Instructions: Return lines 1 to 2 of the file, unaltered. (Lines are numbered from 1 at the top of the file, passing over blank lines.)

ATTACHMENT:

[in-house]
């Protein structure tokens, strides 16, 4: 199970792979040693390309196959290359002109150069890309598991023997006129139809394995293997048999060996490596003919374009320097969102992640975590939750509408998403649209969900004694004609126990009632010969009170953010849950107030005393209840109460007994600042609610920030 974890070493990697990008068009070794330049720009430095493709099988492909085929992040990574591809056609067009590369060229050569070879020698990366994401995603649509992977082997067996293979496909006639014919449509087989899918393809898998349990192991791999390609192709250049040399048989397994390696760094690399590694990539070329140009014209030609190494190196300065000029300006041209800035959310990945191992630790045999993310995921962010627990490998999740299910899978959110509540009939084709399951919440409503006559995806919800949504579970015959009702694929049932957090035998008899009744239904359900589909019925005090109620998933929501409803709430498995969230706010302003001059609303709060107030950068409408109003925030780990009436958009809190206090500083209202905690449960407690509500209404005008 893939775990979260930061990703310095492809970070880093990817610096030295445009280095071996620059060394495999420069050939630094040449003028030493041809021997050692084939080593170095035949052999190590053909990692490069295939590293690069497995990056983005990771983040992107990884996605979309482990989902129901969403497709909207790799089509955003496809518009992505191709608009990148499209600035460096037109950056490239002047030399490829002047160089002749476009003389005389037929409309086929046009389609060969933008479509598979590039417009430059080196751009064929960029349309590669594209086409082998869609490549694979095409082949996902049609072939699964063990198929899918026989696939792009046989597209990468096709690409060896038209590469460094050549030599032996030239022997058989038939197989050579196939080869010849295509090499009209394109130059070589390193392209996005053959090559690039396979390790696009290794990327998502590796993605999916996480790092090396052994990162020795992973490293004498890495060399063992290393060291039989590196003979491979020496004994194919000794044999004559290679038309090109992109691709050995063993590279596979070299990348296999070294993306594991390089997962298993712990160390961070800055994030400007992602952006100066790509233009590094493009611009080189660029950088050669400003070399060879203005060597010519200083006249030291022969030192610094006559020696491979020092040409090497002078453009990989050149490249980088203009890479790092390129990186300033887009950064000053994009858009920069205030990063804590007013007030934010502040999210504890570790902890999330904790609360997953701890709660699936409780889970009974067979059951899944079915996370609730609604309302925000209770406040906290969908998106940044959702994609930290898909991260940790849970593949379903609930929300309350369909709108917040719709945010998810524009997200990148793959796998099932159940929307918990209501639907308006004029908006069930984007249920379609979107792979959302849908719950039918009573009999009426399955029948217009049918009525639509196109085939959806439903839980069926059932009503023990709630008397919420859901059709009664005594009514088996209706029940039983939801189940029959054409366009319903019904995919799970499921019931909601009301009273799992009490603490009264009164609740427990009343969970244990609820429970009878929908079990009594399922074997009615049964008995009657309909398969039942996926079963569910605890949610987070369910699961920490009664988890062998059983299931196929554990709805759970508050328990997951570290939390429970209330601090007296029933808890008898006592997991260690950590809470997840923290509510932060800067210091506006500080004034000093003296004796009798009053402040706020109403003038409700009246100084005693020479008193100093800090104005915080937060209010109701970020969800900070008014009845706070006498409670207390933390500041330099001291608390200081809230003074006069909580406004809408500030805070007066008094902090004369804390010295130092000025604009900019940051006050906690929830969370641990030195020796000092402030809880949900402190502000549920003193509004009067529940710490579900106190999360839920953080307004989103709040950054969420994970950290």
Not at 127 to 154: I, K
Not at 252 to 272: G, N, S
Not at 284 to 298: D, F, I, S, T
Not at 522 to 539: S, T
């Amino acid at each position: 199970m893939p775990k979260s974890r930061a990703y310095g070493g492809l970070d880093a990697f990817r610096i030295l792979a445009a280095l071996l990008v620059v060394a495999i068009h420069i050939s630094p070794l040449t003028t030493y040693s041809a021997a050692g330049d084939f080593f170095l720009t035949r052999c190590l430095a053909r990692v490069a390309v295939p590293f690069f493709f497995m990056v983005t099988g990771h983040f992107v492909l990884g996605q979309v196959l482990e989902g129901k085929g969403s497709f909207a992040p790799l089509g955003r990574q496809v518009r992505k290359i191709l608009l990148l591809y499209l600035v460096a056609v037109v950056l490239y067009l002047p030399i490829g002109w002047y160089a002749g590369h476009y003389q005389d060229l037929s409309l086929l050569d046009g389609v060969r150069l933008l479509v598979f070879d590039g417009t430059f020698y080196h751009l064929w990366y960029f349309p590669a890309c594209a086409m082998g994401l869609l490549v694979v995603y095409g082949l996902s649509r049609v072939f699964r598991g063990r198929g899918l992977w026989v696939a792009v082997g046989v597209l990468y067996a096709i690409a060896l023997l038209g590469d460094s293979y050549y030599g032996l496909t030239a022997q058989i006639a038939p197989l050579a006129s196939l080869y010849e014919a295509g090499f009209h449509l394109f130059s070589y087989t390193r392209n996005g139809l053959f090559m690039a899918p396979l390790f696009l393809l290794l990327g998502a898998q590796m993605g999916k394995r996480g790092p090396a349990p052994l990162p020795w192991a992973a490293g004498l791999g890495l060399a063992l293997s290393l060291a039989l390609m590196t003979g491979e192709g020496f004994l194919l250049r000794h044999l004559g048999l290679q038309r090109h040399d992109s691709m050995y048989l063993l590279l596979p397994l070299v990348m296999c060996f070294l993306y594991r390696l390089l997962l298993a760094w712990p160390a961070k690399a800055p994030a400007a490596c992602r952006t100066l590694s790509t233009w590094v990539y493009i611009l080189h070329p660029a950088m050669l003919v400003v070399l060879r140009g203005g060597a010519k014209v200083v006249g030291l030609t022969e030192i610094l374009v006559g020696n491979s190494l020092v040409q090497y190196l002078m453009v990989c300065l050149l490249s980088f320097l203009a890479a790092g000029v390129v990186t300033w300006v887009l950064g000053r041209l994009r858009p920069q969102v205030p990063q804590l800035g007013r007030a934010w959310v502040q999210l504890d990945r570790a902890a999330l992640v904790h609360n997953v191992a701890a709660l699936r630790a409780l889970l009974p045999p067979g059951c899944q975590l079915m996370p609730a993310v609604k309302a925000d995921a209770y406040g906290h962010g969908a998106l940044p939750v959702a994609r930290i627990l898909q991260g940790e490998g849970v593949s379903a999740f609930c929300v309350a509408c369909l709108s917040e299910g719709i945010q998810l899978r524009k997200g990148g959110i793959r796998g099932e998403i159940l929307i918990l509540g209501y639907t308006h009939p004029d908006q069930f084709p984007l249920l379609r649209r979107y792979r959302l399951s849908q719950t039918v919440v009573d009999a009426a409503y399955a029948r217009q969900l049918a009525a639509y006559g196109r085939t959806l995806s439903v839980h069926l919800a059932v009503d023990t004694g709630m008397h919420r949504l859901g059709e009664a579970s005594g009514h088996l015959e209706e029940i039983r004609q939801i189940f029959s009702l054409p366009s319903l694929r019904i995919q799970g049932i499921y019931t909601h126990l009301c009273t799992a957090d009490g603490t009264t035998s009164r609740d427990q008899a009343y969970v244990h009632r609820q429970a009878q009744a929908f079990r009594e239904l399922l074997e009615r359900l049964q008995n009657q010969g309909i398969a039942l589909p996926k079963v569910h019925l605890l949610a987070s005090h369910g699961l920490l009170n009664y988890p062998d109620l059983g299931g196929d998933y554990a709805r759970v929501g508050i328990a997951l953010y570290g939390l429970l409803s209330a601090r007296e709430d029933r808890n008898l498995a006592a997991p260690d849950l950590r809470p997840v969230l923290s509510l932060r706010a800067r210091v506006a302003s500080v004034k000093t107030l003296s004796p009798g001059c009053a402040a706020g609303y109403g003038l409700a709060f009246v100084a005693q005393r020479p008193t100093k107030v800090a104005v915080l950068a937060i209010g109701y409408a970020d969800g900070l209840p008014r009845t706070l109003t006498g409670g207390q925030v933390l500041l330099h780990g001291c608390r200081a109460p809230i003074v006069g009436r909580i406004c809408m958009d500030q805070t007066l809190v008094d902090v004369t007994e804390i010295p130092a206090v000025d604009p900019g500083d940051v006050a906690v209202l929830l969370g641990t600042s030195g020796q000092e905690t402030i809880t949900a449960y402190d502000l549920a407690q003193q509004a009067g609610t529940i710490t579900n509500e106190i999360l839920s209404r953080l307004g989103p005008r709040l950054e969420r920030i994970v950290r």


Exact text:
[in-house]
């Protein structure tokens, strides 16, 4: 199970792979040693390309196959290359002109150069890309598991023997006129139809394995293997048999060996490596003919374009320097969102992640975590939750509408998403649209969900004694004609126990009632010969009170953010849950107030005393209840109460007994600042609610920030 974890070493990697990008068009070794330049720009430095493709099988492909085929992040990574591809056609067009590369060229050569070879020698990366994401995603649509992977082997067996293979496909006639014919449509087989899918393809898998349990192991791999390609192709250049040399048989397994390696760094690399590694990539070329140009014209030609190494190196300065000029300006041209800035959310990945191992630790045999993310995921962010627990490998999740299910899978959110509540009939084709399951919440409503006559995806919800949504579970015959009702694929049932957090035998008899009744239904359900589909019925005090109620998933929501409803709430498995969230706010302003001059609303709060107030950068409408109003925030780990009436958009809190206090500083209202905690449960407690509500209404005008 893939775990979260930061990703310095492809970070880093990817610096030295445009280095071996620059060394495999420069050939630094040449003028030493041809021997050692084939080593170095035949052999190590053909990692490069295939590293690069497995990056983005990771983040992107990884996605979309482990989902129901969403497709909207790799089509955003496809518009992505191709608009990148499209600035460096037109950056490239002047030399490829002047160089002749476009003389005389037929409309086929046009389609060969933008479509598979590039417009430059080196751009064929960029349309590669594209086409082998869609490549694979095409082949996902049609072939699964063990198929899918026989696939792009046989597209990468096709690409060896038209590469460094050549030599032996030239022997058989038939197989050579196939080869010849295509090499009209394109130059070589390193392209996005053959090559690039396979390790696009290794990327998502590796993605999916996480790092090396052994990162020795992973490293004498890495060399063992290393060291039989590196003979491979020496004994194919000794044999004559290679038309090109992109691709050995063993590279596979070299990348296999070294993306594991390089997962298993712990160390961070800055994030400007992602952006100066790509233009590094493009611009080189660029950088050669400003070399060879203005060597010519200083006249030291022969030192610094006559020696491979020092040409090497002078453009990989050149490249980088203009890479790092390129990186300033887009950064000053994009858009920069205030990063804590007013007030934010502040999210504890570790902890999330904790609360997953701890709660699936409780889970009974067979059951899944079915996370609730609604309302925000209770406040906290969908998106940044959702994609930290898909991260940790849970593949379903609930929300309350369909709108917040719709945010998810524009997200990148793959796998099932159940929307918990209501639907308006004029908006069930984007249920379609979107792979959302849908719950039918009573009999009426399955029948217009049918009525639509196109085939959806439903839980069926059932009503023990709630008397919420859901059709009664005594009514088996209706029940039983939801189940029959054409366009319903019904995919799970499921019931909601009301009273799992009490603490009264009164609740427990009343969970244990609820429970009878929908079990009594399922074997009615049964008995009657309909398969039942996926079963569910605890949610987070369910699961920490009664988890062998059983299931196929554990709805759970508050328990997951570290939390429970209330601090007296029933808890008898006592997991260690950590809470997840923290509510932060800067210091506006500080004034000093003296004796009798009053402040706020109403003038409700009246100084005693020479008193100093800090104005915080937060209010109701970020969800900070008014009845706070006498409670207390933390500041330099001291608390200081809230003074006069909580406004809408500030805070007066008094902090004369804390010295130092000025604009900019940051006050906690929830969370641990030195020796000092402030809880949900402190502000549920003193509004009067529940710490579900106190999360839920953080307004989103709040950054969420994970950290």